The truth is renewable energy will never realize its full potential until we develop efficient ways to store and harness the energy it produces. So that when the source is either offline or producing a surplus, we can continue to draw power. The solution lies in energy storage.
Influential energy industry analyst Nick Hodge concurs: "Energy storage is the Holy Grail of the energy market." In a recent sector report, American investment bankers Piper Jaffray project the blue-sky potential of this emerging clean technology frontier: "We estimate spending of $600-billion plus on energy storage solutions over the next 10 to 12 years." No wonder energy storage is the new global gold rush.
One battery in particular, the vanadium redox flow battery, already shows enormous potential as an energy storage solution. In fact, it's the only battery technology today capable of powering everything from a single home right up to the storage demands of a power grid.
With the world now increasingly wireless, we depend on batteries like never before to run our netbooks, power our smartphones and soon, our vehicles. Battery technology continues to rapidly progress as consumers, corporations and governments drive the cleantech sector to innovate better solutions.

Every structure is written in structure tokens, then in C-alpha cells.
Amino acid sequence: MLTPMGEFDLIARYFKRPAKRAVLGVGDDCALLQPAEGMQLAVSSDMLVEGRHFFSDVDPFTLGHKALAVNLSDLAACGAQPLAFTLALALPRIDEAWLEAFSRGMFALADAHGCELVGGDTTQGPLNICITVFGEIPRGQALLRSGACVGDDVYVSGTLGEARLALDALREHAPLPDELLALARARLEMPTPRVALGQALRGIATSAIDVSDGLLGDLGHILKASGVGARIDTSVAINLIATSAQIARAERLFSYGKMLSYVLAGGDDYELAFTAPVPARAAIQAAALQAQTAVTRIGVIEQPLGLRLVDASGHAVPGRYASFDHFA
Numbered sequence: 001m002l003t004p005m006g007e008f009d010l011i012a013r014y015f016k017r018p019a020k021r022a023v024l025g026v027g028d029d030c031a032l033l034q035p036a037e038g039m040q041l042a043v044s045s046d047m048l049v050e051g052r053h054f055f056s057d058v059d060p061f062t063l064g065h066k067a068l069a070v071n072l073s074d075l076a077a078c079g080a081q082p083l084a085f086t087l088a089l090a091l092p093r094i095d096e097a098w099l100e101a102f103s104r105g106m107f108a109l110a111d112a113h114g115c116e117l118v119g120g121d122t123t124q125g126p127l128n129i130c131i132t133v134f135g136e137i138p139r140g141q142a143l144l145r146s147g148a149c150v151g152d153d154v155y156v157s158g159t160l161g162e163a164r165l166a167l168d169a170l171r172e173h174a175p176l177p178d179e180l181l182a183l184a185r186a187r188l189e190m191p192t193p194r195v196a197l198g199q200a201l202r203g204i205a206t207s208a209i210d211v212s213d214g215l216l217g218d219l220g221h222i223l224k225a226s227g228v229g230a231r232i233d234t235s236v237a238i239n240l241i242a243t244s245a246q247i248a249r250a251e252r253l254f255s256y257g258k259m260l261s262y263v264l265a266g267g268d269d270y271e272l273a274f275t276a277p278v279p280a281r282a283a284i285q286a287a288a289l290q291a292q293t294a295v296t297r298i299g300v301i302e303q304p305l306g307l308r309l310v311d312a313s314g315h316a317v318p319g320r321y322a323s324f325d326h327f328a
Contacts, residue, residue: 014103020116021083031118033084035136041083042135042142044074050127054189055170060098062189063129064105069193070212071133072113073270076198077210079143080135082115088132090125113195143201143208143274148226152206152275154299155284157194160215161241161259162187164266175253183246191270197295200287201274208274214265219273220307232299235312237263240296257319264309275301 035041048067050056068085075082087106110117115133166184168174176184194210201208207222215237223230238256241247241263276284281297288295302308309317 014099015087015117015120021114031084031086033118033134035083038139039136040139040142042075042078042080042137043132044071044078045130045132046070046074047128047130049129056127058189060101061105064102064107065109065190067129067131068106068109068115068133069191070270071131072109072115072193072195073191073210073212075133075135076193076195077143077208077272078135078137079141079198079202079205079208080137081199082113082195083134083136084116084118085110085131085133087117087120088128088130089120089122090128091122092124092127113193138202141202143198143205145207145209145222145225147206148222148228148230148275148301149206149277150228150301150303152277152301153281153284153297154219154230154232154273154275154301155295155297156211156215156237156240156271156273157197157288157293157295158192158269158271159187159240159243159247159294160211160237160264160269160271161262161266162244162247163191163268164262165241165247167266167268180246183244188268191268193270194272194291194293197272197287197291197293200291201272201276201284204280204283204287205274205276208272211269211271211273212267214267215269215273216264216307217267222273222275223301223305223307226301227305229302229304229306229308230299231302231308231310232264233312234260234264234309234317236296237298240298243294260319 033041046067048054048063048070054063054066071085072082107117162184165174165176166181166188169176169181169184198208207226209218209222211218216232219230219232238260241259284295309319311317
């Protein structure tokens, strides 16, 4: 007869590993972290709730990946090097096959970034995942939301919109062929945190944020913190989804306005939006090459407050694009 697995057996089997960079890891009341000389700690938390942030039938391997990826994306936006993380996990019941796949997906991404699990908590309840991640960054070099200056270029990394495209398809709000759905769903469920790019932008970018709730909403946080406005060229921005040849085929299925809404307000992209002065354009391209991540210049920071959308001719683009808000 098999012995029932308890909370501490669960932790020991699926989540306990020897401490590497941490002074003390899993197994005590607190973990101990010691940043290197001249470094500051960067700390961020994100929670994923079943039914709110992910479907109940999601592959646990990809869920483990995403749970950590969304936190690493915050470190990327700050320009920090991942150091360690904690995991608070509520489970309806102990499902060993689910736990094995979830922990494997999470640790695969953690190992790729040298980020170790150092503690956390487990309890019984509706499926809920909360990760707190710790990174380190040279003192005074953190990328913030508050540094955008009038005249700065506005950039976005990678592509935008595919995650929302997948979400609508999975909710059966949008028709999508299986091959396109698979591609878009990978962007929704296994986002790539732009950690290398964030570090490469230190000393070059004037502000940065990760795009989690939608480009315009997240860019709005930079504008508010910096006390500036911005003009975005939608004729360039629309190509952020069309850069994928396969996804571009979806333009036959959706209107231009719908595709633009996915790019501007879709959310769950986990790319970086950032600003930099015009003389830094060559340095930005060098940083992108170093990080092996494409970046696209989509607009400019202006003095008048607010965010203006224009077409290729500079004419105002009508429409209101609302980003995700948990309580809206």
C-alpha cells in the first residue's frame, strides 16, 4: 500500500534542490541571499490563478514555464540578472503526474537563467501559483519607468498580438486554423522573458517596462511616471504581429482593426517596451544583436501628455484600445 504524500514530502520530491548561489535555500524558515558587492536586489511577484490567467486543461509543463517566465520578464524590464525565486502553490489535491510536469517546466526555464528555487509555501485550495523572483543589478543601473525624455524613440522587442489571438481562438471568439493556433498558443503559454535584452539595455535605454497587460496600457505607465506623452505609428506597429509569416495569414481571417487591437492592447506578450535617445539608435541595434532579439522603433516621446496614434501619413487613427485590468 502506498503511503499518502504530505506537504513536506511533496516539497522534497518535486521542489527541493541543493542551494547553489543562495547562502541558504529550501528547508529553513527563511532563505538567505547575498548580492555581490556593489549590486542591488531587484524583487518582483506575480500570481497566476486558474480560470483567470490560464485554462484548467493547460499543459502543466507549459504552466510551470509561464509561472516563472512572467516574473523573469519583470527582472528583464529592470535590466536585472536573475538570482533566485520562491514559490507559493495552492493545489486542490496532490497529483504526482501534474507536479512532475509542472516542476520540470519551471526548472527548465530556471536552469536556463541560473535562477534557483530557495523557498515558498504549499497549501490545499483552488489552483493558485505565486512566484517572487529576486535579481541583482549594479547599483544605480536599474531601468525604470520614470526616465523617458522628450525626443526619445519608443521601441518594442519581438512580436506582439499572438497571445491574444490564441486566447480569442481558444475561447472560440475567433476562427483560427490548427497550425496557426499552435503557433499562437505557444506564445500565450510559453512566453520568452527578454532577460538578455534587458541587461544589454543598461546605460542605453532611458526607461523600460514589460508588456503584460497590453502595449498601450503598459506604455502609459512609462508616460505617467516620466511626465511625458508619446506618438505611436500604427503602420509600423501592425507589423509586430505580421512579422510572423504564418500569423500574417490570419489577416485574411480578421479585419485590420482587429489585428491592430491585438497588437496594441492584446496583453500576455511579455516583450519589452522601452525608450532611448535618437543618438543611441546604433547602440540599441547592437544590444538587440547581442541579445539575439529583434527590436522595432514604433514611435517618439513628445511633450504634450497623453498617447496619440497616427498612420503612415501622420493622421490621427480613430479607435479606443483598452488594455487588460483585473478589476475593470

A little-known metal called vanadium is beginning to play a pivotal role in both battery power and energy storage technology. This is because vanadium makes highly powerful and efficient batteries -- both in a stand-alone capacity for large-scale power grid usage and as an additive in small-scale battery applications.
Vanadium is a strategic metal that is essential for engineering as well as for the automotive, shipping, and construction industries. It is irreplaceable for its role in aerospace. This is because vanadium possesses the remarkable ability to make steel alloys both stronger and lighter. In fact, vanadium-titanium alloys have the best strength-to-weight ratio of any engineered material.
With the boom in global infrastructure development, steel consumption is driving the market for vanadium. While the steel industry currently uses 90% to 97% of the 60,000 tonnes of vanadium produced annually worldwide, its application in the growing trend toward battery power and energy storage marks a significant tipping of the scales.
It turns out that renewable energy's greatest challenge is vanadium's greatest opportunity.
The vanadium redox flow battery (VFRB) invented at the University of New South Wales in Australia, is a game-changer. It has a lifespan of tens of thousands of cycles, does not self-discharge while idle or generate high amounts of heat when charging, and can absorb and discharge huge amounts of electricity instantly--over and over again.
VRFB technology not only provides the missing link in scaling renewable energy to national levels but also in reducing dependence on fossil fuels. Safe and versatile, the VRFB is fast moving toward mainstream acceptance as a medium for grid-scaled energy storage by the global green industry.